After 22 years of performing stand-up comedy worldwide, Samir Khullar says he doesn’t have a pre-performance ritual. Instead, he likes to feel out the vibe of a crowd when telling jokes.
I tend to be prepared, but not be too married to a set list. The best movies are when people forget they’re watching the movie and get involved. I like having that with my audience.
Samir, better known by his stage name “Sugar Sammy” or just “Sam,” is an award-winning stand-up comedian hailing from Quebec, Canada. Described by the New York Times as a “fearless comic with a talent for provoking both laughter and outrage,” his routines are inclusive of all people and backgrounds, given his unique ability to speak in four different languages.
Since his college days, he’s gone on multiple global tours over the span of two decades, performing everywhere from North America to Europe, Asia, and the Middle East. Last week, Sugar Sammy appeared in a series of shows in New York City at the renowned venue Caroline’s on Broadway after a two-year hiatus away from the States.
It’s a legendary club. It’s the biggest name in comedy. I’m very stoked to being back in the States.
As one of Canada’s biggest comedians, Sugar Sammy uses his travel experiences combined with his ability to transition between fluent English, French, Hindi, and Punjabi to influence his humor and understand the energy in an audience.
It’s not just about language, but about culture. There are a lot of things that become culturally specific.
Born to Punjabi parents who immigrated to Canada in the 1970s, Sugar Sammy discussed how living in Quebec, the only French-speaking province in a nation of primarily Anglophones, was a challenge within itself.
Being a South Asian who grew up in Montreal, in the most multicultural part of Quebec – it’s already being a minority, and a French minority within Canada. It’s like all of those layers bring so much to my point of view, because I can see both sides of things. There’s so much more to talk about.
When he started out, there were no South Asian comics to look up to. Instead, he points to legendary comedians like Eddie Murphy, Dave Chappelle and Chris Rock as influential in his work.
The African-American community came from the margins. That’s the point of view I had, the outside looking in.
Our parents were the first generation to move here. They did their best to survive and grow and struggle. It’s a big thing, to go to another country and start over. You’re seeing South Asians not only cross over to the arts, but also become doctors, lawyers, businessmen, entrepreneurs. Across the board, you’re seeing diversity in all these other professions.
Stand-up comics are well known for telling jokes that cross the boundaries of feelings, dismissing all notions of cultural taboos or sensitive topics. However, 2019 marks a point in time where celebrities are being held accountable for their past and present words and actions surrounding controversial areas, namely sexual harassment and assault as well as homophobia.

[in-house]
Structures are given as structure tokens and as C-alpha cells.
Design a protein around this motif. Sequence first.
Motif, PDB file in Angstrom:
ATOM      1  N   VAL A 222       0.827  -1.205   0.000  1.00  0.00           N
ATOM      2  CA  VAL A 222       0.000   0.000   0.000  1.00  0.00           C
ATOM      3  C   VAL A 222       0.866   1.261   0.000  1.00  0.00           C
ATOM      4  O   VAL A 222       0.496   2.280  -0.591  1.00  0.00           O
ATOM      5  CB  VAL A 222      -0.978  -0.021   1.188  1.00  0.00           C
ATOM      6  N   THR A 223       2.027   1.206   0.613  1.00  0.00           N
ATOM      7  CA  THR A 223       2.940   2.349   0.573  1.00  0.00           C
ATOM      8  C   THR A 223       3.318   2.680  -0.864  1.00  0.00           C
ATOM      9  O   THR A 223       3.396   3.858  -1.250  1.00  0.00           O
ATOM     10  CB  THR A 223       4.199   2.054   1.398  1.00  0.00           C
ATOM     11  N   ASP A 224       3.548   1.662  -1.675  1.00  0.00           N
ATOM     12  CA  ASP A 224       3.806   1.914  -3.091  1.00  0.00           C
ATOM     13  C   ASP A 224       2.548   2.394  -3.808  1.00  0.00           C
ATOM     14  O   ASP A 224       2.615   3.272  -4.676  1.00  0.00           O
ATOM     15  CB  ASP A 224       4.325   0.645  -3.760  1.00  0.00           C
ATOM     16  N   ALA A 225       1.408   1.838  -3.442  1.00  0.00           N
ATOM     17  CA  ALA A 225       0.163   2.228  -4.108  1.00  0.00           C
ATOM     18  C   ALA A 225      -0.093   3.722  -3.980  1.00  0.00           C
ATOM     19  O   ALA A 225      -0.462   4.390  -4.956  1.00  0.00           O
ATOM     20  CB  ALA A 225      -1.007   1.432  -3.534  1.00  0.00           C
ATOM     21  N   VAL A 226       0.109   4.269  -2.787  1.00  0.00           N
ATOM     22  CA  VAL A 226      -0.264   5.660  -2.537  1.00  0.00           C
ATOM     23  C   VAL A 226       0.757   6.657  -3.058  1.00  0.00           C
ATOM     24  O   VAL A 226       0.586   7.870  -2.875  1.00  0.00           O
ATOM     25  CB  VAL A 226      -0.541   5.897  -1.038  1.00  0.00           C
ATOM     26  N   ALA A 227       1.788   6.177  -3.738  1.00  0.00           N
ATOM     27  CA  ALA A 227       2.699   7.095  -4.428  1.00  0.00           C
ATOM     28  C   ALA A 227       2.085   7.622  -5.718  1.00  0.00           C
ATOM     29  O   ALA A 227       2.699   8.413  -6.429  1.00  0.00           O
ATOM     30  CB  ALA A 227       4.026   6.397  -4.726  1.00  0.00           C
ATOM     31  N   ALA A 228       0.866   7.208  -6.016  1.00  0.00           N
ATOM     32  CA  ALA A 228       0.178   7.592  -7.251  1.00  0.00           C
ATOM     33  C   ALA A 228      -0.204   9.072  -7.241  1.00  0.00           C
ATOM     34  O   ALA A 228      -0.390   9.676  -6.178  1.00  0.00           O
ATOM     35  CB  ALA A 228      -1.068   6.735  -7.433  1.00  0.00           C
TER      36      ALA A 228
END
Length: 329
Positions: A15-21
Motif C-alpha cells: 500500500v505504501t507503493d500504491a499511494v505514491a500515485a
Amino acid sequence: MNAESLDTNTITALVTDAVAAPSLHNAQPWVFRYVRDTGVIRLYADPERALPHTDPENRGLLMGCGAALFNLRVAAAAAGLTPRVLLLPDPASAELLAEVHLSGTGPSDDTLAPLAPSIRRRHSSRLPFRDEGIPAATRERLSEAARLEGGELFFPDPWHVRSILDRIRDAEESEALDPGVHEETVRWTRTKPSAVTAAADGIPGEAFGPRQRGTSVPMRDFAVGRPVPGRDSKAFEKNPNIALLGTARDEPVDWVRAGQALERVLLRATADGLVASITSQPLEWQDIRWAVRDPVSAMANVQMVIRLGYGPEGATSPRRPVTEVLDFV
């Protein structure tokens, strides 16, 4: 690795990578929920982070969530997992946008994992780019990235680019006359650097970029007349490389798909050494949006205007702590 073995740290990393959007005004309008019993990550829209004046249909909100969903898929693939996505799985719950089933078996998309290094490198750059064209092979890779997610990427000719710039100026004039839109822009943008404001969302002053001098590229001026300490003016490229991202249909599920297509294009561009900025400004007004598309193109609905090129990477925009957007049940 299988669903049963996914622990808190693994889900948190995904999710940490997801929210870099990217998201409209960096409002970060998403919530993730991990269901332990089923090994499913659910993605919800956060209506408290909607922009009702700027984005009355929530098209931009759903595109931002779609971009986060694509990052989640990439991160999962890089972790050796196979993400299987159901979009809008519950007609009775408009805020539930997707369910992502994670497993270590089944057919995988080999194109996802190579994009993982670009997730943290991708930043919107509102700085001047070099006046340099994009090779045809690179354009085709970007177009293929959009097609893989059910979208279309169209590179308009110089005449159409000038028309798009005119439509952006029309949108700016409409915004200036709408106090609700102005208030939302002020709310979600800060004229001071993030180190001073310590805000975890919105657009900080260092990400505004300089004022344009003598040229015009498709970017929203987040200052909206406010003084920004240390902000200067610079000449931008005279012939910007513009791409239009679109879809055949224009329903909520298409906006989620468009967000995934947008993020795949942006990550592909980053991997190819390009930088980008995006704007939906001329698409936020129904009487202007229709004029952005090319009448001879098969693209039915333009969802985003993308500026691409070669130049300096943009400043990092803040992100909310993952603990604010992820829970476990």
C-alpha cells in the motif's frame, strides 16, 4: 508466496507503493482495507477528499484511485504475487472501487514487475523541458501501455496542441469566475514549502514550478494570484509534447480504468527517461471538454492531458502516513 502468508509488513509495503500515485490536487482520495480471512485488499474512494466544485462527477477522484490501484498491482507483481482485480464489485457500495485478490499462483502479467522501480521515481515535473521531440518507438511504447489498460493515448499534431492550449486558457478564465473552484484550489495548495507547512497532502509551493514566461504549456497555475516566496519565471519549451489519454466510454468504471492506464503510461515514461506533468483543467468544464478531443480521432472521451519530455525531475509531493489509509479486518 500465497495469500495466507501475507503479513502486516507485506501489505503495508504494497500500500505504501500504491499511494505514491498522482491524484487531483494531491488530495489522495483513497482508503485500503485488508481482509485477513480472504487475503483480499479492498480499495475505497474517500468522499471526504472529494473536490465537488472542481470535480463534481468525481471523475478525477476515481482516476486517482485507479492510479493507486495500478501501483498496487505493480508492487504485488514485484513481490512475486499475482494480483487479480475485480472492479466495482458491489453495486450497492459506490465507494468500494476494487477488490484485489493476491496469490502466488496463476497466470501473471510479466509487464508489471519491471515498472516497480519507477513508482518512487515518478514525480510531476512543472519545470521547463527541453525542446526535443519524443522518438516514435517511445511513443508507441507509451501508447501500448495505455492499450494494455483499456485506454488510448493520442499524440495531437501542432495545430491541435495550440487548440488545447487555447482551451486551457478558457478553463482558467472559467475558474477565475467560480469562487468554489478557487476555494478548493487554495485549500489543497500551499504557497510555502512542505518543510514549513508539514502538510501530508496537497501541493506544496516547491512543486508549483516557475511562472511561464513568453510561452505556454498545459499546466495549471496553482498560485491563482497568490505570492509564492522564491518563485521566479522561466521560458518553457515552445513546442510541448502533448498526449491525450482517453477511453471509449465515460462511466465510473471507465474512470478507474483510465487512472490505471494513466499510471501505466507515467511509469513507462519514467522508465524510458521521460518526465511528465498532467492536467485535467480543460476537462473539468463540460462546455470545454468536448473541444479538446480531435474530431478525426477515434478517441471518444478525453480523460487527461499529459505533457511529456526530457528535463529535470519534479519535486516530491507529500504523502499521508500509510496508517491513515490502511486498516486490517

Aziz Ansari, one of the world’s most famous South Asian comics, made international news last year after a story accusing him of sexual assault broke out. In 2018, comedian and former SNL writer Nimesh Patel was booed offstage after his stand-up routine was deemed offensive by the crowd at Columbia University.
When asked about his thoughts, he had this to say.
We’re living in a very particular time, especially for comedy. Comedians aren’t being judged by whether they’re funny or not, they’re being judged by their point of view on things.
He said that a comedian’s humor on stage should be the main barometer on how they are judged.
Even if someone has different values from me, if I see him on stage and they’re funny, I can appreciate them.
Being involved in performing arts led Sugar Sammy to new ventures. In 2011, he launched a bilingual show called “You’re Gonna Rire” and later went on to become the recipient of Comedian of the Year from Quebec’s prestigious Olivier comedy awards. In 2016, his farewell show for the Montreal International Just for Laughs Comedy Festival drew a record-breaking crowd of more than 115,000 people.
It’s always a flamboyant affair of colour, emotions and grandeur when Karan Johar directs a film, and his latest blockbuster “Rocky Aur Rani Ki Prem Kahani” is as K Jo as it gets. After recently being recognised at the British House of Parliament for 25 years as a filmmaker, Johar is back to doing what he does best — bringing together families and star-crossed lovers, but this time with a modern touch. He makes a decent attempt at showcasing progressive ideals and feminist issues while taking us on this family-friendly ride.
“Rocky Aur Rani Kii Prem Kahaani” is a larger-than-life film revolving around the love story of a boisterous Rocky (Ranveer Singh) from a wealthy Delhi family, and Rani (Alia Bhatt), a sharp journalist from a progressive Bengali household. And of course, despite belonging to completely different backgrounds and lives, our protagonists, in true Bollywood fashion, fall hopelessly in love through a string of slow-motion gazes, warm embraces and some truly breath-taking song sequences in Kashmir’s snowy mountains. They are then forced to face their opposing families which brings along the family drama in the second half of the film.
The plot is not the film’s strongest point — there’s no real surprise about what’s going to happen next, and yet the film doesn’t fail to keep audiences engaged and pack an emotional punch. This is down to its strong acting, witty dialogues and K Jo’s classic, beautiful cinematography.
Ranveer Singh sinks into the skin of his character with ease – not only does he make the hall burst into laughter with the help of perfectly-timed gags but he pulls off those dreamy gazes ,expected in K Jo’s heroes, to evoke that typical, fuzzy-feeling kind of Bollywood romance. Alia Bhatt’s intelligent and undefeated character is no less a pleasure to watch on screen — not only does she look breath-taking in every shot but her feminist dialogues earn claps and cheers from the audience as she brings a progressive touch to this family drama.